Guanyu Zhou thrives within a dynamic and bustling existence. Firmly at home in heavily populated, vibrant cities, where daily life mirrors his chosen career path: full on and fast-paced. Shanghai, his place of birth, offered all of that and more. Located on the southern estuary of Asia’s largest river, the Yangtze, and home to more than 24 million people, China’s largest city (based on urban population) is a thriving hub of financial, social and technological activity.

A move to Sheffield, in the North of England, would have come as quite the culture shock.

With a population of less than 600,000, the steel city, as it is commonly known, is in stark contrast to Shanghai. And yet, that is exactly where his journey led him. Opportunities come in all kinds of shapes, sizes and cities – this one came in Yorkshire, and Zhou grasped it with both hands.

“Shanghai is a huge city, so when you are growing up and you are moving to Sheffield, your first time living in the UK, Sheffield…. It feels small,” Zhou laughs. “It was a big change. All of the hotels and houses, they are mostly old, traditional UK buildings - really old. In the windows, in Sheffield, you could still feel the wind coming through, it is really cold! There’s like no summer and then during the winter it gets so cold.”

The 20-year-old’s tongue-in-cheek summary evades the part Sheffield played in his development, but, he was barely a teenager when he moved from Shanghai, with little to no understanding of the English language. The learning curve was dauntingly steep.

“I moved to Sheffield with my family,” he continued. “My mum and dad were both there, but my mum was the one who spent most time there with me, as my dad was working with his business.

“There are a lot of Chinese people in Sheffield, but mainly in the universities, so it didn't really affect me because I was only in year 7/8 at school. All of my friends in Sheffield were my school friends, British people, rather than Chinese.

“I couldn't really speak English, so it was tricky. Maths was one of my best subjects at the beginning. After a year, I had spent a lot of time alone with the karting team, travelling from the factory to the circuit, and that helped me. In the schools, there were no other Chinese people there, I was the only one and they couldn't speak my language, so I had to force myself to learn it quickly.”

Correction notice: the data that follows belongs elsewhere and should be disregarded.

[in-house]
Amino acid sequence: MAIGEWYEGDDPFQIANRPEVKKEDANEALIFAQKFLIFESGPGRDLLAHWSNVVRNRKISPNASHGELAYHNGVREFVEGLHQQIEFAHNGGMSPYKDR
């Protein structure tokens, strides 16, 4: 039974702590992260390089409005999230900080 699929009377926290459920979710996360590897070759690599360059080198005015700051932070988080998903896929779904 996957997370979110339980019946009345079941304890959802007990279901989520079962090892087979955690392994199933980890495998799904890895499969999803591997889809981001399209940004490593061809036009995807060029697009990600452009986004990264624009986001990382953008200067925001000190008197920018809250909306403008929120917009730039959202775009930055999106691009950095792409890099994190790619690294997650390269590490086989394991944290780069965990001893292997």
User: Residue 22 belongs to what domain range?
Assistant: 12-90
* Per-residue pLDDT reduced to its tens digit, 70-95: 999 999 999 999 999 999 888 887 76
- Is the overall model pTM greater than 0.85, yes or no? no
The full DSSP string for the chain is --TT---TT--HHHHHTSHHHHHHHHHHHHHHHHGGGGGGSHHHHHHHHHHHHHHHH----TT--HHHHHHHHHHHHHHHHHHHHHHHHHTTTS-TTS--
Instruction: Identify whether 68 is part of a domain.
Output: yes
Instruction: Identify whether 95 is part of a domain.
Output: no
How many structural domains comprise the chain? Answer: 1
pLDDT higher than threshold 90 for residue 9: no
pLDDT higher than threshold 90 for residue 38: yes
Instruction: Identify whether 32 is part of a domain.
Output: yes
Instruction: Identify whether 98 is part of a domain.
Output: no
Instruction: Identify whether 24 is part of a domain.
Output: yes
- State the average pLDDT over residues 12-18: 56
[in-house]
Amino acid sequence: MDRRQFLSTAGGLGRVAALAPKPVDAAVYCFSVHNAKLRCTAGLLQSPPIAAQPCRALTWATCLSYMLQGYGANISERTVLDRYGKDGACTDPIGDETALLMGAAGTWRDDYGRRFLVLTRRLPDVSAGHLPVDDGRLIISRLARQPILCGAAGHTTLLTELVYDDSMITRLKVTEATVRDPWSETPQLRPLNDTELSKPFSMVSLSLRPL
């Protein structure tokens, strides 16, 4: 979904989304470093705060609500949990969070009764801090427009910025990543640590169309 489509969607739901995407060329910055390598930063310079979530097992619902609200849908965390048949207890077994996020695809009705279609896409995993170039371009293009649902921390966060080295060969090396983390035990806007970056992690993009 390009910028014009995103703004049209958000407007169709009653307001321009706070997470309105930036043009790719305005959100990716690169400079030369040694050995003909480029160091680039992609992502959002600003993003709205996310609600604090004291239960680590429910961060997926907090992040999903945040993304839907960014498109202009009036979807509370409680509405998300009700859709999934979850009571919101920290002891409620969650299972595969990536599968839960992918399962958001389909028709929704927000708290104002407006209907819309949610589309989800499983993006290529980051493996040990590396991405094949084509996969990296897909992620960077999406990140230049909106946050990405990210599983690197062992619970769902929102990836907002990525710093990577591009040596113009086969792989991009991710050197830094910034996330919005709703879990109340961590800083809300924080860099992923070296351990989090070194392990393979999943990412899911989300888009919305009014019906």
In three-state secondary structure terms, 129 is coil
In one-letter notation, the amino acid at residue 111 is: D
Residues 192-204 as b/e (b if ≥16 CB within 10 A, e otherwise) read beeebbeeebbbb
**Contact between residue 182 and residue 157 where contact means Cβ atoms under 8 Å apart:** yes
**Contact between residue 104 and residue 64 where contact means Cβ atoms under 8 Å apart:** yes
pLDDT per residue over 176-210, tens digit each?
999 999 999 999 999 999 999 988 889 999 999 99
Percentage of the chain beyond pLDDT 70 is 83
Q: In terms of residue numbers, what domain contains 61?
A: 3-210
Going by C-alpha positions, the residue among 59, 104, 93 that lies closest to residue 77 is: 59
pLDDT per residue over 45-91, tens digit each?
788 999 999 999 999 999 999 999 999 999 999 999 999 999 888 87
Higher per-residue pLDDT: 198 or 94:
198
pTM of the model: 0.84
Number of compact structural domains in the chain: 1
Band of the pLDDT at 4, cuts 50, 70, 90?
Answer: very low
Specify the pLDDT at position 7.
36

The decision to move to England was fuelled by his desire to forge a motor racing career and his determination to push himself. Moving to Europe opens avenues that would have previously been locked shut for the now 20-year-old. And, for Zhou, the UK in particular presented a demandingly competitive karting scene.

Having begun karting for fun at the age of six, Zhou’s burgeoning career progressed rapidly. By the age of eight, he was competing competitively, and ahead of his move to England, the Chinese racer was on the back of Championship winning campaigns in his home country. He needed a fresh challenge.

Early justification for the fresh venture came in the form of two title wins: the Super 1 National Rotax Max Junior and Rotax Max Euro Challenge. Following this, Ferrari got in touch regarding a place in their prestigious driver academy. Zhou was quickly forging a name for himself, as a young star from a country with a rapidly growing passion for motorsport.

“Previously, I think there were a lot of people doing racing in China, but I think in terms of knowing Formula 1, motorsport, properly, it was not that much. Whereas now, I think pretty much everyone knows about Formula 1, which is good.

“When I was young, I was a fan of Fernando Alonso, and then Daniel Ricciardo when he went to F1 - I used to look out for him. There’s not been a Chinese driver, so if I can be the first one, hopefully I can be an inspiration for other drivers.

“That has always been my target, since I was young. I have been working hard to get where I am. I am trying to give everything.”